Care in an ageing society

On 4 December 2019, two major new resources on care in our ageing society were launched at a gathering in London, co-ordinated by Caritas Social Action Network.

First, the ‘Care in Time’ report explores how senior leaders of Catholic organisations can address the increasing concerns of charities and carers about the prospects for the care of older people in England and Wales. Longer lives are a great sign of progress, creating new opportunities in our society. But challenges remain, from developing positive attitudes to ageing and public awareness of care, to the impacts of regulation and markets on care provided by Catholic organisations among others. In the report, Peter Kevern, Professor of Values in Social Care at Staffordshire University, has extended Catholic social thought on ageing in our national context. Dr Kathryn Hodges, an independent consultant and researcher, completed field research with residents in care homes, religious sisters and working age adults in Catholic parishes, in three areas of England. Many directors and diocesan representatives in the Caritas network also contributed evidence to the report.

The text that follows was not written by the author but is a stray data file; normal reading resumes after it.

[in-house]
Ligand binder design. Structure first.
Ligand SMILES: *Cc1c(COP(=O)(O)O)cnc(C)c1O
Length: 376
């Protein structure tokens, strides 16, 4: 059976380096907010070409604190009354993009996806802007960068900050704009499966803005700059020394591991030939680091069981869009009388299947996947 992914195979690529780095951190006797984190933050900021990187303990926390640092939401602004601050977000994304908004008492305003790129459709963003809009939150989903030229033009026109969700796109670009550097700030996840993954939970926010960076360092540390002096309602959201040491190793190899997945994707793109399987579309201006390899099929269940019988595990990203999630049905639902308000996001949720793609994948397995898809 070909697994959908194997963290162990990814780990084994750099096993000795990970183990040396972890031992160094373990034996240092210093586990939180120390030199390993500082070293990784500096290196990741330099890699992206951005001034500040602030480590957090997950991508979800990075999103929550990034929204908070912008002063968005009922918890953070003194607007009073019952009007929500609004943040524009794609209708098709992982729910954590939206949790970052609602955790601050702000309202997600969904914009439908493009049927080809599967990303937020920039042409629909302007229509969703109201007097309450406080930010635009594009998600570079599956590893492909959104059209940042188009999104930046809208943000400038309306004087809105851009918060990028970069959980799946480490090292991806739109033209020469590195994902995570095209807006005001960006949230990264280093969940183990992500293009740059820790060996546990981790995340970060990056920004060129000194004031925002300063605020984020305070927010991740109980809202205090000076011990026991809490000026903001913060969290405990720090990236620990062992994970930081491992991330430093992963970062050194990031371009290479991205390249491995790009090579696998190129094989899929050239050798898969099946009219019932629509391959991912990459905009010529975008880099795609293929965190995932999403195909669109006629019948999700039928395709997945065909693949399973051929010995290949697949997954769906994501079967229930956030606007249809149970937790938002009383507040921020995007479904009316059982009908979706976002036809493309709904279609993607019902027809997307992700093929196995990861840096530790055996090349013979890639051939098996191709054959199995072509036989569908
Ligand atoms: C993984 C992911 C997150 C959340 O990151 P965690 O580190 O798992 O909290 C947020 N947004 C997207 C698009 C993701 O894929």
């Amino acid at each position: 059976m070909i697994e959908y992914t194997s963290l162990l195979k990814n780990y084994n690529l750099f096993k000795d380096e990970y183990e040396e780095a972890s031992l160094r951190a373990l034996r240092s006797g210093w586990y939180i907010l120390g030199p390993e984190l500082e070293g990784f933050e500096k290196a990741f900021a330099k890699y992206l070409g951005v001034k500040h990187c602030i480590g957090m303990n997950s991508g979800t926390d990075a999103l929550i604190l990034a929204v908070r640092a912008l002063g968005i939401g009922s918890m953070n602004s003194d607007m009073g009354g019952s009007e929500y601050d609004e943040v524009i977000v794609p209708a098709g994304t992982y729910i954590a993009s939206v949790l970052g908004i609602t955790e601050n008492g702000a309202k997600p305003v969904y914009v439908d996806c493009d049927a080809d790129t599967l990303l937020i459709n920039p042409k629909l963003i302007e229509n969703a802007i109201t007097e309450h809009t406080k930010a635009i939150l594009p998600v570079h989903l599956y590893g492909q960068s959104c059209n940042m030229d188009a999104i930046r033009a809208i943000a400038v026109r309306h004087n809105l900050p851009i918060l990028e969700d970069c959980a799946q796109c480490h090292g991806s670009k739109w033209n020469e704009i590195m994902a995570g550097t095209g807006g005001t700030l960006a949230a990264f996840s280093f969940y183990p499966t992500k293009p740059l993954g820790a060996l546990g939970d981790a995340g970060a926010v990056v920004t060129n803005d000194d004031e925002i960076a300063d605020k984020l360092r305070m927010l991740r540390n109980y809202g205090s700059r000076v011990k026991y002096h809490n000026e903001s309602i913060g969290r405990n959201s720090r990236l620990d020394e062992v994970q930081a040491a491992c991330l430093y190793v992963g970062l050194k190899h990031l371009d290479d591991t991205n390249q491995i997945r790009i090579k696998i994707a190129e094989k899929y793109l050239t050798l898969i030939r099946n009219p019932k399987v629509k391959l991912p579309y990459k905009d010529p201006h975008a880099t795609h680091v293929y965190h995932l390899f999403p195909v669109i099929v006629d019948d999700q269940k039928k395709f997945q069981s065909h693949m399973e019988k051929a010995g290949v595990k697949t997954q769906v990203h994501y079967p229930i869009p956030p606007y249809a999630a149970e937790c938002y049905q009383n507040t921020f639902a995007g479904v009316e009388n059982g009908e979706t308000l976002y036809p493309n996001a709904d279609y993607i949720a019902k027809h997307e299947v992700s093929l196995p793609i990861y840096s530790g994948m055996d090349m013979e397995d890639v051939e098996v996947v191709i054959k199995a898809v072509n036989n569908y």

Secondly, ‘Reaching Out’ offers parishes and groups some guidance on discerning and organising local group-based social activities that older people feel right for them. This resource is a fruit of a three-year collaboration – the Embrace Project – between Caritas Salford, Catholic Care (Diocese of Leeds), Father Hudson’s Care and the national team in CSAN, with over 20 activities established by Catholic parishes involving over 1,000 people of all ages within and beyond the Catholic community.

The new resources are available to download:

Further pointers for practical action in local churches are offered on our site as ‘Resources for parishes and groups’.

A film of the launch event is available online (these are external links):

Part 1

Part 2

The Catholic Bishops of England and Wales welcomed the conclusions of ‘Care in Time’ at their plenary meeting in November 2019, and in a joint resolution:

  • Noted the need for increased national co-ordination to counter negative portrayals of ageing, frailty and care. In addition, the Bishops’ Conference recognised the need to develop Catholic care provision that attends to longevity, changing patterns in household formation, parish attendance and pastoral ministry;
  • Supported the creation of a plan to maintain, and where possible enhance, provision for care of older people, and encouraged the joint discernment of the Conference of Religious, Diocesan Financial Secretaries, the Catholic Trust for England and Wales, and Caritas Social Action Network in this work.


Picture – copyright Mazur/, reused with permission.